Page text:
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COMMENSALISMChapter 3

Wed Oct 29, 2014 6:57 pm by holayeri




COMMENSALISMChapter 3
tinyurl.com/ms78gub



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Peugeot-Citroen NaviDrive Europe RT3 2012

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Peugeot-Citroen NaviDrive Europe RT3 2012 > tinyurl.com/mxx34bz






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Carbon Trading scheme

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Carbon Trading scheme

Post by Toad on Wed Jun 24, 2009 4:15 pm

not only is the trading scheme absolutely pathetic signalling the failure and hypocorism of the current government it might not actually pas senate

Family First senator Steve Fielding has made up his mind on climate change - the world is not warming now, and humans aren't changing the climate.

The government and the country's top scientists have tried to convince Senator Fielding, who holds a crucial vote in the upper house, that global warming is real.

But he's released a document setting out his position.

"Global temperature isn't rising," it says.

On emissions trading, Senator Fielding said he wouldn't risk job losses on "unconvincing green science".

The document says it is a "fact" that the evidence does not support the notion that greenhouse gas emissions are causing dangerous global warming.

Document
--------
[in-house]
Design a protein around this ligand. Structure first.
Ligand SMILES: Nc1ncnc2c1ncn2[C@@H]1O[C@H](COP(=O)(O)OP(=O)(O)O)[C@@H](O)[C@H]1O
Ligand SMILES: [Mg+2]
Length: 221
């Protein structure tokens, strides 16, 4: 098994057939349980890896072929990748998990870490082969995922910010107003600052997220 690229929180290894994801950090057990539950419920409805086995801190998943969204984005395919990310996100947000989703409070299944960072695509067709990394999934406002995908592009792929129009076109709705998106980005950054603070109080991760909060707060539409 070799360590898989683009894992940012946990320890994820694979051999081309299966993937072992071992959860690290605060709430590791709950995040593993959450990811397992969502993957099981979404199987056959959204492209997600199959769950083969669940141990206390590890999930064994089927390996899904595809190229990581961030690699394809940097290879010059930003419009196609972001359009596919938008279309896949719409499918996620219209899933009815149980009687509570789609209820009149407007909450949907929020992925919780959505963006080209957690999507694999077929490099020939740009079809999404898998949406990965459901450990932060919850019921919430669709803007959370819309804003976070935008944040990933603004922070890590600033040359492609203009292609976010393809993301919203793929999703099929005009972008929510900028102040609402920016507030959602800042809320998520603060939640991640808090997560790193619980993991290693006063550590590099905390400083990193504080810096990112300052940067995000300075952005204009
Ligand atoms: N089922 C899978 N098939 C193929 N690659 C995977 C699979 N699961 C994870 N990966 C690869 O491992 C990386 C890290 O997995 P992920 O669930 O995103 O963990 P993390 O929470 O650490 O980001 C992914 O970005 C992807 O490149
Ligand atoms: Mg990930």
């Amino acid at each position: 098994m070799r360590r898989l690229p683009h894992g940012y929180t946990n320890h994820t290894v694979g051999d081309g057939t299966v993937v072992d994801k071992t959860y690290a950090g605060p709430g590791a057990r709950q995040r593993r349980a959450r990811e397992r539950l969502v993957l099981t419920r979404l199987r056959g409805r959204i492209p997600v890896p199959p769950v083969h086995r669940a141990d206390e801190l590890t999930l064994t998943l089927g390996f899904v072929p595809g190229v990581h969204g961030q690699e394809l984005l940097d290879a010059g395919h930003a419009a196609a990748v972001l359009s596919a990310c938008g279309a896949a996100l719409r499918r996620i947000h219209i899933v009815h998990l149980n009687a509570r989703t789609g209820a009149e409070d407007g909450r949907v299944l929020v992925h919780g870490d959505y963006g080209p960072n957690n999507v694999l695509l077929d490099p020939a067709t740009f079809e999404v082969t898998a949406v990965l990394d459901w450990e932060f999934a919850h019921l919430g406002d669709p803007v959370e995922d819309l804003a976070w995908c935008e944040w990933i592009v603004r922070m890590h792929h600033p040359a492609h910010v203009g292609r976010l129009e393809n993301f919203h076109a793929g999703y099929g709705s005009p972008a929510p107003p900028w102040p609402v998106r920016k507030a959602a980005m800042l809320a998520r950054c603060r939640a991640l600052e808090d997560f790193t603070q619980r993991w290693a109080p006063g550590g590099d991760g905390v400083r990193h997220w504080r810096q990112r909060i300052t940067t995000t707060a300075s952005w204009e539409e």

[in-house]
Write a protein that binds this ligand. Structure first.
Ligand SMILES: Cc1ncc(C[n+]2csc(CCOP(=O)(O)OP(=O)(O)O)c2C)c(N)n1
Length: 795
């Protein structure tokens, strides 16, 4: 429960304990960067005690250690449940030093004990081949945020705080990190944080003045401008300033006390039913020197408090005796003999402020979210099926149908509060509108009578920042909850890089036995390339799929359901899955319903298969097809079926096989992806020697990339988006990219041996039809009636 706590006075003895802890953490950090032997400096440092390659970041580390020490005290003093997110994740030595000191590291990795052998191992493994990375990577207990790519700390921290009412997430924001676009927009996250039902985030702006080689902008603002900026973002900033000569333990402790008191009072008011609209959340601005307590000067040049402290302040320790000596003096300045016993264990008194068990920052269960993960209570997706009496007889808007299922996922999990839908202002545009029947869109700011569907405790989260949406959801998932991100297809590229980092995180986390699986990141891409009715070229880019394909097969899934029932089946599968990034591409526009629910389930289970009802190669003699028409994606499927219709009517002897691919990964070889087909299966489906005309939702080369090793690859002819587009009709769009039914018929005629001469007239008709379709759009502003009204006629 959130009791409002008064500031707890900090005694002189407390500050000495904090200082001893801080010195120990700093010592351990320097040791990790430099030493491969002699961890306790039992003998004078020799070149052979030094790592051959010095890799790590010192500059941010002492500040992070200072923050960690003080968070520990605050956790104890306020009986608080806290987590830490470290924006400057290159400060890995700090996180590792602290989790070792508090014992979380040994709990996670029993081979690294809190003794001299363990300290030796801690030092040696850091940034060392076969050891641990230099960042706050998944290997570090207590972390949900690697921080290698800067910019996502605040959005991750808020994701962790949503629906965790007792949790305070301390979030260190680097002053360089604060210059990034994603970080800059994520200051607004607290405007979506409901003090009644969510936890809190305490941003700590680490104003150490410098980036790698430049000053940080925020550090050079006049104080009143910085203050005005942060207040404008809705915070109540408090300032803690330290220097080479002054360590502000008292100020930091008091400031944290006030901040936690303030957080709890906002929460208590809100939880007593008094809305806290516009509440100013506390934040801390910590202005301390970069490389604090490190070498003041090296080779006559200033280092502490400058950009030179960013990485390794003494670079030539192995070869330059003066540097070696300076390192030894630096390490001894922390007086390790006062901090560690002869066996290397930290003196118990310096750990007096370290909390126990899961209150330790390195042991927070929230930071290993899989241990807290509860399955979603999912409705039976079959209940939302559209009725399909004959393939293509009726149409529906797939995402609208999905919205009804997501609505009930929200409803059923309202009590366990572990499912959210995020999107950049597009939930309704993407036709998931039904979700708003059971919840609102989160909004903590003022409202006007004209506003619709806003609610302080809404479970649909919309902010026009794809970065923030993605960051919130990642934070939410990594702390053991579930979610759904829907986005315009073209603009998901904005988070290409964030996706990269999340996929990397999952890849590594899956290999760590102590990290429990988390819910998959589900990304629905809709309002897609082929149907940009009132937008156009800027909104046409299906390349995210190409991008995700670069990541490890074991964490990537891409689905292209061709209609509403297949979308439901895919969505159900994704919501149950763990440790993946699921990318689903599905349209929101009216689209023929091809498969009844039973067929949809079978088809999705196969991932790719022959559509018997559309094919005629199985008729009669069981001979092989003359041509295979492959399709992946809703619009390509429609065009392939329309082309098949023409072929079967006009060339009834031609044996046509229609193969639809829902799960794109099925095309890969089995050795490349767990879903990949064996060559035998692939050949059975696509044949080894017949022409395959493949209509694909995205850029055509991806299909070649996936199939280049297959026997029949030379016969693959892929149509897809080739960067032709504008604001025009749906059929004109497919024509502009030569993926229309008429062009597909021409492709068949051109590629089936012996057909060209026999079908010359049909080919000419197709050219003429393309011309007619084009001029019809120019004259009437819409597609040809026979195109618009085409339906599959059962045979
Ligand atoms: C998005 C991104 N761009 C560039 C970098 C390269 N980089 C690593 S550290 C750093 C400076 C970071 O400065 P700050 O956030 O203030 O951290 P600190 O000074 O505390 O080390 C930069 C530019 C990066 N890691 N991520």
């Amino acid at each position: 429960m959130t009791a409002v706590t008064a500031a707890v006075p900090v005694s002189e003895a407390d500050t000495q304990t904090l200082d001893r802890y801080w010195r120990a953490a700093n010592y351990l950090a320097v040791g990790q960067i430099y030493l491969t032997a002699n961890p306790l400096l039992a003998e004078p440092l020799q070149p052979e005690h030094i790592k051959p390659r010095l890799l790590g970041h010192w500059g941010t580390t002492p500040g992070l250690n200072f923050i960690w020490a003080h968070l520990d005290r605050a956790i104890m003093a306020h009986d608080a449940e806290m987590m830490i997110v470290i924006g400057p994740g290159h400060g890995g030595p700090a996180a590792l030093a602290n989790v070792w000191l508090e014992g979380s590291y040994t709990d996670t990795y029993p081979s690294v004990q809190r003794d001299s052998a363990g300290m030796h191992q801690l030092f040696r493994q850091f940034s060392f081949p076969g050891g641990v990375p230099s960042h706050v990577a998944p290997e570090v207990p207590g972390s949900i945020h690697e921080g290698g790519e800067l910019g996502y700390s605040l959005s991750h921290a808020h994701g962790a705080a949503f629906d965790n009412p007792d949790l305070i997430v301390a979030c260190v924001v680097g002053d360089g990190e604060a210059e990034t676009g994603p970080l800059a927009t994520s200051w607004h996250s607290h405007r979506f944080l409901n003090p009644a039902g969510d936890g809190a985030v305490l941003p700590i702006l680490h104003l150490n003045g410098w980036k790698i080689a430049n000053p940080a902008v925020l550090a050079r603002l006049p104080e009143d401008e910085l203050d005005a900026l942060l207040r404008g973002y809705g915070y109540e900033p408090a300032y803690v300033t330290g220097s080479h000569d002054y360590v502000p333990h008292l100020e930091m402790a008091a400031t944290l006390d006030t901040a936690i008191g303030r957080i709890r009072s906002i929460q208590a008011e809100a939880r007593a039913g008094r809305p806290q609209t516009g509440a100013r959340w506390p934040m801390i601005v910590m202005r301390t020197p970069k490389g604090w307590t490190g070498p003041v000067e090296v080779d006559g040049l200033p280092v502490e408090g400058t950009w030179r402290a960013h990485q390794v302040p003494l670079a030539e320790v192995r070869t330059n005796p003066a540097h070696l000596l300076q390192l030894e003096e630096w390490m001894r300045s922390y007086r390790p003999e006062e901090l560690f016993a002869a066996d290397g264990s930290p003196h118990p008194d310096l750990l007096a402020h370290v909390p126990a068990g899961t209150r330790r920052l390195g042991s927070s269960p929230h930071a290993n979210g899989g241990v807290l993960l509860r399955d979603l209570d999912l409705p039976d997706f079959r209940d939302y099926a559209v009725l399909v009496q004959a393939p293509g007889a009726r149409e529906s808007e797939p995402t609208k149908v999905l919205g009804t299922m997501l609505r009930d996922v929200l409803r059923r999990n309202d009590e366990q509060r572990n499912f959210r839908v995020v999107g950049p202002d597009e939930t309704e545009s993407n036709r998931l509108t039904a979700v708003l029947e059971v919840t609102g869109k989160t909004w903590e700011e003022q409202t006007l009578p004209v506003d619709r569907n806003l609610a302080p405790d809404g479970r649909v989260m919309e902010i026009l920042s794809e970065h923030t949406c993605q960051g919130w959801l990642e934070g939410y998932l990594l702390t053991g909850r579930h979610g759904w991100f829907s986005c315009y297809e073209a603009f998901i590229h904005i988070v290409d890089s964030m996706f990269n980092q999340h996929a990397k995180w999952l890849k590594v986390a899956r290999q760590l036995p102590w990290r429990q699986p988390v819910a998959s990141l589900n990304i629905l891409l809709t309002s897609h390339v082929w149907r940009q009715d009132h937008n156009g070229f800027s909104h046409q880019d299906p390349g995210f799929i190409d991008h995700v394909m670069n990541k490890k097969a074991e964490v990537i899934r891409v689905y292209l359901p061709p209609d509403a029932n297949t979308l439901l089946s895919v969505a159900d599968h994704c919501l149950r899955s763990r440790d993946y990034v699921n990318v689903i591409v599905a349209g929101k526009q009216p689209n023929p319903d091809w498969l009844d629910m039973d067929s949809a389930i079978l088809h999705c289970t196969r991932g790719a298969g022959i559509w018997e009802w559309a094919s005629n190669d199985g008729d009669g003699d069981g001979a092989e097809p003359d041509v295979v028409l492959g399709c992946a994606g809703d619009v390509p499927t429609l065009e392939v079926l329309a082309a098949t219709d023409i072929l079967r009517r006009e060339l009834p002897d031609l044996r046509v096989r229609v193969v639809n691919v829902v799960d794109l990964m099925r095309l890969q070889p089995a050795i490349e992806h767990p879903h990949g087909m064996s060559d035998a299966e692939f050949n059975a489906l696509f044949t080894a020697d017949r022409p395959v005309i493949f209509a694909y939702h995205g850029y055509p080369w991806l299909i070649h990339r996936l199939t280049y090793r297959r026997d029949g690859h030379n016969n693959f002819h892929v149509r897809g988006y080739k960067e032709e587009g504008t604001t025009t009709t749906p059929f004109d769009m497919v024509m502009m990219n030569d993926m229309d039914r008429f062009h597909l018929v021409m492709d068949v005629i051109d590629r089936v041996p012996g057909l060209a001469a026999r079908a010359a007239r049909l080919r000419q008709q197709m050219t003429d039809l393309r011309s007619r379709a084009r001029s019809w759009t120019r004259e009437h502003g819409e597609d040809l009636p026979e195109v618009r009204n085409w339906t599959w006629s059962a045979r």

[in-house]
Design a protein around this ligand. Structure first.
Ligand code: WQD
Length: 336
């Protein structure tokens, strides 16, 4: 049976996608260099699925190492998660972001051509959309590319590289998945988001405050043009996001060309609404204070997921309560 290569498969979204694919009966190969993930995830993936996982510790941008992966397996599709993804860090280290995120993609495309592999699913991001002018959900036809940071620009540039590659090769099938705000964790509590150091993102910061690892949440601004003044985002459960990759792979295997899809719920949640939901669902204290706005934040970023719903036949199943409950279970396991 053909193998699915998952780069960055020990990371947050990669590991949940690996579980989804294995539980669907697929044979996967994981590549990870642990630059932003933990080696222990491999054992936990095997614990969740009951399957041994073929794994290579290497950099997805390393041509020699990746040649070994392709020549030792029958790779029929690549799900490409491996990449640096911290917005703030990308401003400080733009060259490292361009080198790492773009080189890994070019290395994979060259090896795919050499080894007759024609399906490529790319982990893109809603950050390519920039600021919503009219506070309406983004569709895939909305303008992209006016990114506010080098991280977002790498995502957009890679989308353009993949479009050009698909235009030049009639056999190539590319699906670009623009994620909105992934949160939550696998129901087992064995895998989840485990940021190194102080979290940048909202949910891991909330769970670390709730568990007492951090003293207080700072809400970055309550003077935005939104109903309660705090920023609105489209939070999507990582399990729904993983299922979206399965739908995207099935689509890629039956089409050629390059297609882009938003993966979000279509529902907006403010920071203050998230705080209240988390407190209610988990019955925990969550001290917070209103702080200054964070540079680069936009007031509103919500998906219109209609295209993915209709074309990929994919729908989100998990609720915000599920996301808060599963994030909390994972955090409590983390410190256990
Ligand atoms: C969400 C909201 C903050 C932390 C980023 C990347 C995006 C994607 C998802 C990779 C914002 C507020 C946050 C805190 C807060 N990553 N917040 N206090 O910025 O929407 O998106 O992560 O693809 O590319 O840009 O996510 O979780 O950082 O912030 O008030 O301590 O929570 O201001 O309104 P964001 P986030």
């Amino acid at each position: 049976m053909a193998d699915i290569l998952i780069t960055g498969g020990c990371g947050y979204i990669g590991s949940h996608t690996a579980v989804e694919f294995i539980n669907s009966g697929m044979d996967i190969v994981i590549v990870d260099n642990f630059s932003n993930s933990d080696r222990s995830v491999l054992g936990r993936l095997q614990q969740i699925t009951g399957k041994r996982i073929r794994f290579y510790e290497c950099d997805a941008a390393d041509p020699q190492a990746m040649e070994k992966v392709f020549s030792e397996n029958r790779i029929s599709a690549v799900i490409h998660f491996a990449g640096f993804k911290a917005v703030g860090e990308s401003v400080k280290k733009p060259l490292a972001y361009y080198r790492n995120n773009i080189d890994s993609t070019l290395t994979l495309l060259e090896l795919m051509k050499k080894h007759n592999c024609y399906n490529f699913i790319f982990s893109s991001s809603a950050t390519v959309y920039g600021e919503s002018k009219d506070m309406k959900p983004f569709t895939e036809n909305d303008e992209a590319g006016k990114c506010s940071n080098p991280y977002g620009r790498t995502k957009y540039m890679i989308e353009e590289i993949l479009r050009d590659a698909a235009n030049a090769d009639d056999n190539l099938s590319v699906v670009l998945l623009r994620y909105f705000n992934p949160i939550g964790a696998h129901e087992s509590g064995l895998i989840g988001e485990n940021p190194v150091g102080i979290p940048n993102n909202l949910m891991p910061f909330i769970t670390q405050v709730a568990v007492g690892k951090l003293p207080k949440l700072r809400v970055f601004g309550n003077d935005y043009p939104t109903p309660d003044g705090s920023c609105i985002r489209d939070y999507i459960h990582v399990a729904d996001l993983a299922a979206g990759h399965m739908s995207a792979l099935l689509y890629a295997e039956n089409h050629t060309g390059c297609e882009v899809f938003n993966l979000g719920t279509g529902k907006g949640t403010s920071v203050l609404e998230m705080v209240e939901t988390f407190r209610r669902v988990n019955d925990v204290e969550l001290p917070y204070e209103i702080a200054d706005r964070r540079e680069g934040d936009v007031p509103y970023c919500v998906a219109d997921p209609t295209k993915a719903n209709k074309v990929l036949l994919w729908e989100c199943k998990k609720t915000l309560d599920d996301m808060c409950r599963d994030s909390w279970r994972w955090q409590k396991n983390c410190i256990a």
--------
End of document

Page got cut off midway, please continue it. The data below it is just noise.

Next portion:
Senator Fielding later sought to clarify his position, saying he believed in global warming, but he did not think the world was warming now and did not think humans were causing global warming.

"Over the last 15 years, global temperatures haven't been going up and, therefore, there hasn't been in the last 15 years a period of global warming," Senator Fielding told AAP.

"I think that global warming is real, and climate change is real, but on average global temperatures have stayed steady while carbon emissions have increased over the last 15 years.

"Man-made carbon emissions don't appear to be causing it."

Because of the numbers in the upper house, Senator Fielding's verdict means the government will have to rely on the opposition to get its emissions trading scheme (ETS) legislation passed.

The Senate was initially supposed to vote on the ETS this week, but that now appears unlikely as the legislation has been shunted towards the bottom of the agenda.

Making it more unlikely is a plan by independent senator Nick Xenophon to move a motion that there be no vote this week.

Parliament is due to rise for the two-month winter break on Thursday.

Even if there were a vote, it is unlikely the ETS legislation would be passed due to a lack of support from crossbench senators and the opposition.

The opposition wants to avoid a vote so as to not give the government a first double-dissolution trigger, which could lead to an early election.

In order to get a double dissolution trigger, the government must fail to pass the same bill twice with a gap of three months between the two votes.

Constitutional law expert Professor George Williams from the University of NSW said that by putting the ETS legislation at the bottom of the agenda, the Senate had already likely avoided a double-dissolution trigger.

However, if senators refused to debate the legislation this week, or refused to sit longer hours to get to a debate, that could still lead to a double-dissolution trigger, Prof Williams said.
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